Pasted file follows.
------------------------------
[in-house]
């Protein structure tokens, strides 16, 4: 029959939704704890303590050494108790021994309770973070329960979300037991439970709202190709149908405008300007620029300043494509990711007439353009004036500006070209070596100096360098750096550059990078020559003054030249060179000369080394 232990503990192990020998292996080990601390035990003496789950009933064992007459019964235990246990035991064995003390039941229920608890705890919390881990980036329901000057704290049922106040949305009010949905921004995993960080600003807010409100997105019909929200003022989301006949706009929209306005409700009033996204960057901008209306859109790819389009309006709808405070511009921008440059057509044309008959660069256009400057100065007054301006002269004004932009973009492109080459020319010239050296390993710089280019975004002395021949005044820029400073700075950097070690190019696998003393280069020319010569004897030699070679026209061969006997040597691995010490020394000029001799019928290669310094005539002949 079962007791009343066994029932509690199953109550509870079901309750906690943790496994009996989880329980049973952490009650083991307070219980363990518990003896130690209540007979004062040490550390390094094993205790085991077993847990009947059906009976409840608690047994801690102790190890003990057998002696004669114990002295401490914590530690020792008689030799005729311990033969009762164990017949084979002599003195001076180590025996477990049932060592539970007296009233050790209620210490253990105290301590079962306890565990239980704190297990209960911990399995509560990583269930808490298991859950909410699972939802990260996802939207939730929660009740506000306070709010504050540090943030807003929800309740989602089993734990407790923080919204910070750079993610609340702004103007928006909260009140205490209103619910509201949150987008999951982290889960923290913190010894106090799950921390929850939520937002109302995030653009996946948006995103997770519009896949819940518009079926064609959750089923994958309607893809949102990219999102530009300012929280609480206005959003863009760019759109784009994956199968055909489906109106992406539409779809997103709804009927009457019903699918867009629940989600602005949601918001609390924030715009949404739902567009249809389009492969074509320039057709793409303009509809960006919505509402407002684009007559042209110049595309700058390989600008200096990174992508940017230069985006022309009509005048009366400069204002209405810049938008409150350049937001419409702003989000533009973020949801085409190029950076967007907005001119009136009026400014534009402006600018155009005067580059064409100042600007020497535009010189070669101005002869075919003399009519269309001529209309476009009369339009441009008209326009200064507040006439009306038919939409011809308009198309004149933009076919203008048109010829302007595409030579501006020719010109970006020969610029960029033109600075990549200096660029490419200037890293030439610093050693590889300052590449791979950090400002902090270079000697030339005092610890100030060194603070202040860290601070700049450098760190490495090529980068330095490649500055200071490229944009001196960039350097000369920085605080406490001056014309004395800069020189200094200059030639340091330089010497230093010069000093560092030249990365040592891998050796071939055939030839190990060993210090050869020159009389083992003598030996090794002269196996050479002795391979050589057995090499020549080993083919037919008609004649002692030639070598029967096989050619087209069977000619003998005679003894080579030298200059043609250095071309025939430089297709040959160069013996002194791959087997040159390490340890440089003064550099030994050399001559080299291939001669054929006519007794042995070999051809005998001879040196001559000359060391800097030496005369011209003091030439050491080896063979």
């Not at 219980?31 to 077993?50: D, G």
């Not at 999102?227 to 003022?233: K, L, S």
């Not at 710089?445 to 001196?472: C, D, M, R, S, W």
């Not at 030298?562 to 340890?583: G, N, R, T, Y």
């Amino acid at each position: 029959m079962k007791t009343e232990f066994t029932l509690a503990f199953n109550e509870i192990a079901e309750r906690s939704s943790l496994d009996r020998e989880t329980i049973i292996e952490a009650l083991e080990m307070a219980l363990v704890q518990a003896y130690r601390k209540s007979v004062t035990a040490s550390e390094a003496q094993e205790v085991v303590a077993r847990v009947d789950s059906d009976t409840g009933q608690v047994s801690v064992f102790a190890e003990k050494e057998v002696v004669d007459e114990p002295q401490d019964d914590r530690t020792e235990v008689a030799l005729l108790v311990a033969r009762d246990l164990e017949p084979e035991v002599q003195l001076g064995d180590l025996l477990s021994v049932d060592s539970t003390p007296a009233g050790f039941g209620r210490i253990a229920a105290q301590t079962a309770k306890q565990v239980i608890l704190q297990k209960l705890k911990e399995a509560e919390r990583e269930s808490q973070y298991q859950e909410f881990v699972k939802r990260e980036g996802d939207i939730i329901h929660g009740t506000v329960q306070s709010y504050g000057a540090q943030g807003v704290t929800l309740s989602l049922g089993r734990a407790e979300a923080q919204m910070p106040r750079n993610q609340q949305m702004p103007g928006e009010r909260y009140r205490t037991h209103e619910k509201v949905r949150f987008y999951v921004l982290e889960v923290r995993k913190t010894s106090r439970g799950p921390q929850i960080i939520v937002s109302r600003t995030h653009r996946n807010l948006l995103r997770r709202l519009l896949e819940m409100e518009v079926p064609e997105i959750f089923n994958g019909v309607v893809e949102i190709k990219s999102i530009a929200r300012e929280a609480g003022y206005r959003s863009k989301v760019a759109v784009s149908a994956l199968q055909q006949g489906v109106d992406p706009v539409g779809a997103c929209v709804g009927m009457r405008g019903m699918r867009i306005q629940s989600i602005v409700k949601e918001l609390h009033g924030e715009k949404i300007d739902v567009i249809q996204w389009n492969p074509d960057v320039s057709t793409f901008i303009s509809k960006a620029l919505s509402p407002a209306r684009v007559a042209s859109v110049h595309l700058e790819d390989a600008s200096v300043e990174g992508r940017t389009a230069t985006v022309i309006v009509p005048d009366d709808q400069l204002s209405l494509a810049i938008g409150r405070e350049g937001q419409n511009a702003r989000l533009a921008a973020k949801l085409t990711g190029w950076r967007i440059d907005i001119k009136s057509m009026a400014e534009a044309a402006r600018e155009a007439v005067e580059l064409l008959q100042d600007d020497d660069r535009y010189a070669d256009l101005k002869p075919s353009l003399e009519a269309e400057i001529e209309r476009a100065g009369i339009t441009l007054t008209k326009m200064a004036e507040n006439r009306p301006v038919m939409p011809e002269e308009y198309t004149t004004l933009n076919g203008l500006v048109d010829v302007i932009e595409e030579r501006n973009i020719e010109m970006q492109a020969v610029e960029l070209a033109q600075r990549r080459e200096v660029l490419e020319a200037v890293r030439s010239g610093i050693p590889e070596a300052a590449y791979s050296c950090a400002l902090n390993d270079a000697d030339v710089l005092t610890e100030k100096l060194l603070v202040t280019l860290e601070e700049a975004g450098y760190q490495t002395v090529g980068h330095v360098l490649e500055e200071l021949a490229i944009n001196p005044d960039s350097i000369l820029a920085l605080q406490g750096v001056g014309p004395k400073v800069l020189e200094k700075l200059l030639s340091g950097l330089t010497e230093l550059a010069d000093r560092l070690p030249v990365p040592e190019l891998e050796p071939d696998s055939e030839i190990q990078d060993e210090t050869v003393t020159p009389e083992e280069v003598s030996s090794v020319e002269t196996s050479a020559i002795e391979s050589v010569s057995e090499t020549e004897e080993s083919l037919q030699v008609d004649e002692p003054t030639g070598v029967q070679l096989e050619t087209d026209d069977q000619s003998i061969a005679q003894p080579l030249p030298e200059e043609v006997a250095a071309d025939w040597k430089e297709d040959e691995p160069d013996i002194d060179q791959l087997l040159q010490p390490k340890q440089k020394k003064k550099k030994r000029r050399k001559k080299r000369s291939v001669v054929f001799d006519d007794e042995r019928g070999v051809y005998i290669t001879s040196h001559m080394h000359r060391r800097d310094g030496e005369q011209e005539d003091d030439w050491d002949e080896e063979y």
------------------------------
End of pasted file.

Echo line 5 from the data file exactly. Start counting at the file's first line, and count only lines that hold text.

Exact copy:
């Not at 710089?445 to 001196?472: C, D, M, R, S, W």